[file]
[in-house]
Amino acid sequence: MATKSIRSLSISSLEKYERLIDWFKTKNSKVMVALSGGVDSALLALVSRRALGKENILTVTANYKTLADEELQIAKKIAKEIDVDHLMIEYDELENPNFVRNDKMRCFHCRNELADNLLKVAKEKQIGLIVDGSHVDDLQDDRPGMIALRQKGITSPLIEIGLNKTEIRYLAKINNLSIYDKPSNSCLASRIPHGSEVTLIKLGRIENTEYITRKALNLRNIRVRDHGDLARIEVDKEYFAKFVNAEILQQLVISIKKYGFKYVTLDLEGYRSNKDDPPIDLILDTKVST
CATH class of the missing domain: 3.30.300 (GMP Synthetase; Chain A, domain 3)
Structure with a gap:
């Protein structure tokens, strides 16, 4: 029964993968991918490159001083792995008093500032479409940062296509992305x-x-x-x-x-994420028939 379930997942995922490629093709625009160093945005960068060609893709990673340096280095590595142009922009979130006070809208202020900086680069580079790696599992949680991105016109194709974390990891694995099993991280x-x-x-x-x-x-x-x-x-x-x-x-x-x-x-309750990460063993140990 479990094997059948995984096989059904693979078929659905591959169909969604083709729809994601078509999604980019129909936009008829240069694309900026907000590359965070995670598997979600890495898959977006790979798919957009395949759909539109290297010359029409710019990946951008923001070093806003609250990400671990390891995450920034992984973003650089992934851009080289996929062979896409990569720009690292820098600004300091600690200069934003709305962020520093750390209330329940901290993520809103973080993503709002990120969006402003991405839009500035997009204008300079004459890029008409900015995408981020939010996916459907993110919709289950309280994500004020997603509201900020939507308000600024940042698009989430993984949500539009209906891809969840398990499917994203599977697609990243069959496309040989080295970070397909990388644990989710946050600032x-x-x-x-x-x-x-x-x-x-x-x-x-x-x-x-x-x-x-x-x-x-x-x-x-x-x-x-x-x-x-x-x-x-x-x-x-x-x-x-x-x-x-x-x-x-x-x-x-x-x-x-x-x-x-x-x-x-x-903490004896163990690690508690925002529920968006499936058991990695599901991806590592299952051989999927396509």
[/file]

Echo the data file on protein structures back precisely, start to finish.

[in-house]
Amino acid sequence: MATKSIRSLSISSLEKYERLIDWFKTKNSKVMVALSGGVDSALLALVSRRALGKENILTVTANYKTLADEELQIAKKIAKEIDVDHLMIEYDELENPNFVRNDKMRCFHCRNELADNLLKVAKEKQIGLIVDGSHVDDLQDDRPGMIALRQKGITSPLIEIGLNKTEIRYLAKINNLSIYDKPSNSCLASRIPHGSEVTLIKLGRIENTEYITRKALNLRNIRVRDHGDLARIEVDKEYFAKFVNAEILQQLVISIKKYGFKYVTLDLEGYRSNKDDPPIDLILDTKVST
CATH class of the missing domain: 3.30.300 (GMP Synthetase; Chain A, domain 3)
Structure with a gap:
């Protein structure tokens, strides 16, 4: 029964993968991918490159001083792995008093500032479409940062296509992305x-x-x-x-x-994420028939 379930997942995922490629093709625009160093945005960068060609893709990673340096280095590595142009922009979130006070809208202020900086680069580079790696599992949680991105016109194709974390990891694995099993991280x-x-x-x-x-x-x-x-x-x-x-x-x-x-x-309750990460063993140990 479990094997059948995984096989059904693979078929659905591959169909969604083709729809994601078509999604980019129909936009008829240069694309900026907000590359965070995670598997979600890495898959977006790979798919957009395949759909539109290297010359029409710019990946951008923001070093806003609250990400671990390891995450920034992984973003650089992934851009080289996929062979896409990569720009690292820098600004300091600690200069934003709305962020520093750390209330329940901290993520809103973080993503709002990120969006402003991405839009500035997009204008300079004459890029008409900015995408981020939010996916459907993110919709289950309280994500004020997603509201900020939507308000600024940042698009989430993984949500539009209906891809969840398990499917994203599977697609990243069959496309040989080295970070397909990388644990989710946050600032x-x-x-x-x-x-x-x-x-x-x-x-x-x-x-x-x-x-x-x-x-x-x-x-x-x-x-x-x-x-x-x-x-x-x-x-x-x-x-x-x-x-x-x-x-x-x-x-x-x-x-x-x-x-x-x-x-x-x-903490004896163990690690508690925002529920968006499936058991990695599901991806590592299952051989999927396509």